The lovely ringing of the bells in France…

August 28, 2020 at 10:11 pm 6 comments

L’Eglise St. Remy d’Essoyes

I have in the past mentioned how much I love the ringing of the church bells in France generally, and in particular the ringing of the church bells in “my” little village in Champagne.

I have also promised to expand upon this topic someday, and I have chosen today as the day to do that.

Before beginning I should probably say that there quite a few questions about this topic that I don’t yet know the answers to. And so I would invite anyone who can provide additional perspective or knowledge on the subject to please feel free to do so by commenting below.

Some of the things I wonder about are 1) Why recently the church bells in our town are ringing much more frequently than they used to–for example, every Sunday morning, not just the Sunday mornings when a mass is being celebrated here. It seems to me this started sometime into the period of confinement, or it might have even been during the beginning stages of déconfinement. In any case, lately, every Sunday morning, usually around 10:30 the bells begin to peal and they peal for a lovely 10 minutes or so. And then they peal again, maybe about 45 minutes later. 2) I would like to know how to learn more about the various patterns and meaning of the ringing. I have learned to recognize the tolling of the bells calling mourners to the church before a funeral, and I have been told that the ringing of the bells at 7 am and 7 pm each day is called “Angelus,” and that it is an ancient pattern of bell-ringing that is a call to prayer for Catholics, to pray a particular prayer commemorating the incarnation of Jesus, which includes a Hail Mary.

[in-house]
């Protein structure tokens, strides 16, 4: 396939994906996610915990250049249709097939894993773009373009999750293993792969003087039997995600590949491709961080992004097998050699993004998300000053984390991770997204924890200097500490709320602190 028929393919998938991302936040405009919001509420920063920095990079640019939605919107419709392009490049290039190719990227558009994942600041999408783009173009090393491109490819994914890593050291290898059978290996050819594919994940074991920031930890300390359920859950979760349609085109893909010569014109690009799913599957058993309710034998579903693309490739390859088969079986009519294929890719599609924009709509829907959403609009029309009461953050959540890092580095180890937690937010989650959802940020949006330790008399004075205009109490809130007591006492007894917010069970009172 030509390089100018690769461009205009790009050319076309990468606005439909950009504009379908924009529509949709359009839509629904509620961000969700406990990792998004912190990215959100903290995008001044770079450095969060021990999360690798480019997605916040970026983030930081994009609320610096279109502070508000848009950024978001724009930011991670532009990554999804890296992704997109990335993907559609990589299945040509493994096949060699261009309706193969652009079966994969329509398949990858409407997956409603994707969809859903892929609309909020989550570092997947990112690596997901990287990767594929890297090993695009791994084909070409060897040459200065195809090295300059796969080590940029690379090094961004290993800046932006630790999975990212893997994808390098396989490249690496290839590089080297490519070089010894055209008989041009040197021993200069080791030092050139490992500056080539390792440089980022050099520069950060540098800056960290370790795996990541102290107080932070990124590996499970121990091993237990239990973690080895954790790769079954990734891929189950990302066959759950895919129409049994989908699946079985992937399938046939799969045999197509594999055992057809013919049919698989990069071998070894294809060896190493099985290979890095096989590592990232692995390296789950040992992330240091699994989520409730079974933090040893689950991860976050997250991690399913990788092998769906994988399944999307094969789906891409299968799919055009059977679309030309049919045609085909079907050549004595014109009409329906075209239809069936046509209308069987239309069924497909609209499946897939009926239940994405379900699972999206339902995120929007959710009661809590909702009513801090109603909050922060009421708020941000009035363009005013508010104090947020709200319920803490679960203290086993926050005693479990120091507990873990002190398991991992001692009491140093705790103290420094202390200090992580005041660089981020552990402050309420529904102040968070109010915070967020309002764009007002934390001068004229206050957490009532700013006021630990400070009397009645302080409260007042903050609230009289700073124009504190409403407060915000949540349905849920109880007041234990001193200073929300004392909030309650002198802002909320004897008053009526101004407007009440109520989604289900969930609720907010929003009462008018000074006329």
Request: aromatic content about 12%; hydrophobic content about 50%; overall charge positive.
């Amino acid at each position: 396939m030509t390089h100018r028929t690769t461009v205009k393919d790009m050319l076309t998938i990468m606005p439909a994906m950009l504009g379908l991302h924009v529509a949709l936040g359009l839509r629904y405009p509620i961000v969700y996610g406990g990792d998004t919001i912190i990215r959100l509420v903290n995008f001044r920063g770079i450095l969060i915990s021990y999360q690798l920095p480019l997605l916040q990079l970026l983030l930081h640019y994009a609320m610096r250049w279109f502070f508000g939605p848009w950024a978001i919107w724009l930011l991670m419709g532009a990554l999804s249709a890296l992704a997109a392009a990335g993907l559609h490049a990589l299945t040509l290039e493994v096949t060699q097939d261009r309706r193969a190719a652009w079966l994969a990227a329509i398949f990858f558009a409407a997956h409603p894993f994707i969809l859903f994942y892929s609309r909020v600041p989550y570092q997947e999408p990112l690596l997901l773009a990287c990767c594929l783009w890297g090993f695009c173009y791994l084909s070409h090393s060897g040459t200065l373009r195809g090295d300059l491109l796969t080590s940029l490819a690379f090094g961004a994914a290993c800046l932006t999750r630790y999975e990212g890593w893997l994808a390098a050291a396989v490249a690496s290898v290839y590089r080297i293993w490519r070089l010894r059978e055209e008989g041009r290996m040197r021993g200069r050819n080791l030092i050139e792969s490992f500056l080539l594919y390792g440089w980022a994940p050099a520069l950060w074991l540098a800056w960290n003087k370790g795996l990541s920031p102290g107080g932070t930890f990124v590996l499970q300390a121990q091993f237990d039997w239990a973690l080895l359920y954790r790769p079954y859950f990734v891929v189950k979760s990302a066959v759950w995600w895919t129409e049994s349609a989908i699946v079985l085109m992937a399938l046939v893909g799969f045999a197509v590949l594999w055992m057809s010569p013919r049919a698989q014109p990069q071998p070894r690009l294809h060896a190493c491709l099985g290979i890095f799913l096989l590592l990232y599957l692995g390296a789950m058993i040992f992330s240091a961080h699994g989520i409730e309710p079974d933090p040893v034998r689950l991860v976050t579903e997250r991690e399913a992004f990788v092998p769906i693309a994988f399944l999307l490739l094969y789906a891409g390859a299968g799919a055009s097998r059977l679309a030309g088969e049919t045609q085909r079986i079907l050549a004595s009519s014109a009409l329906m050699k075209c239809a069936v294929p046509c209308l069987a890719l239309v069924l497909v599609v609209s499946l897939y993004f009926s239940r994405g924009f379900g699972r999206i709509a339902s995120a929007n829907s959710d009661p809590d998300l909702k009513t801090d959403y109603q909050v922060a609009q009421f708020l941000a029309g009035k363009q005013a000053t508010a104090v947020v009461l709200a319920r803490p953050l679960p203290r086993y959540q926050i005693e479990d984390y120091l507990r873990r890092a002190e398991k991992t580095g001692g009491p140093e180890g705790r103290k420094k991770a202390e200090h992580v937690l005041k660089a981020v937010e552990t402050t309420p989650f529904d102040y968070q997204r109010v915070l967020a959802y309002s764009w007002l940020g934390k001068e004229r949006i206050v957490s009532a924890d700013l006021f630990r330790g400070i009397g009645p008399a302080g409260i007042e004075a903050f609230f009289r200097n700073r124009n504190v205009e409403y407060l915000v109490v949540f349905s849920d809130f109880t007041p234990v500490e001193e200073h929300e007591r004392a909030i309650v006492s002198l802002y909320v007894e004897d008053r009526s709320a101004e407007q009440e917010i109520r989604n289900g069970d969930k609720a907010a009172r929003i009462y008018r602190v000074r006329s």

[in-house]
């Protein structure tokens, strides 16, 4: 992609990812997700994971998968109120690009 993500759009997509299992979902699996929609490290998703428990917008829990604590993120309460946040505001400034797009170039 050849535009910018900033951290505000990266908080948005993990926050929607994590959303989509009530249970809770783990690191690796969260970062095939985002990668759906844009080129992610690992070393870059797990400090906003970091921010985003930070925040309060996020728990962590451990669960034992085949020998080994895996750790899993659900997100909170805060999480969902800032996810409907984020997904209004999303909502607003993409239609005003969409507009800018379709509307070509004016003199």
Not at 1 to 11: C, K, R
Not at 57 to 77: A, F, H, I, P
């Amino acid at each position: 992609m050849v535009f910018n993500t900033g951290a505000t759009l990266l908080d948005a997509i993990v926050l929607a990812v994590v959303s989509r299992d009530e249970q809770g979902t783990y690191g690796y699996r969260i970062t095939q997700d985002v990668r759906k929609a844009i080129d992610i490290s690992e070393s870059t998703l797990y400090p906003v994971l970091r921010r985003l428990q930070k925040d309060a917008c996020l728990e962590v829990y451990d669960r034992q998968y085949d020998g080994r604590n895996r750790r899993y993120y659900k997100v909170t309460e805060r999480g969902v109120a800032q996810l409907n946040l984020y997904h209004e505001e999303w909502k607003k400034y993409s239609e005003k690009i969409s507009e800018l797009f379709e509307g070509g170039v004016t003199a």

L’Angélus by Jean-Francois Millet. (Musée d’Orsay, Paris)

Before starting to write this post I looked to see who else had written on this topic to learn what I could from them. I did so a year or so ago and found this really interesting post written a few years ago by an Australian woman. I find this post interesting for the perspective and information she received from locals in the village where she was vacationing, when she asked the about the patterns of the ringing of the church bells there.

This time I found another post, this one by an American woman, also written a couple of years ago. I found this post interesting for the change of opinion this woman experienced when she first encountered the very frequent (and quite loud) ringing of the church bells in the French town she was vacationing in.

Like many people, at first she found the ringing (which continued through the night) annoying. But eventually she came to appreciate it to the extent that she actually missed the ringing of the bells when she had returned home to Huntington Beach, California.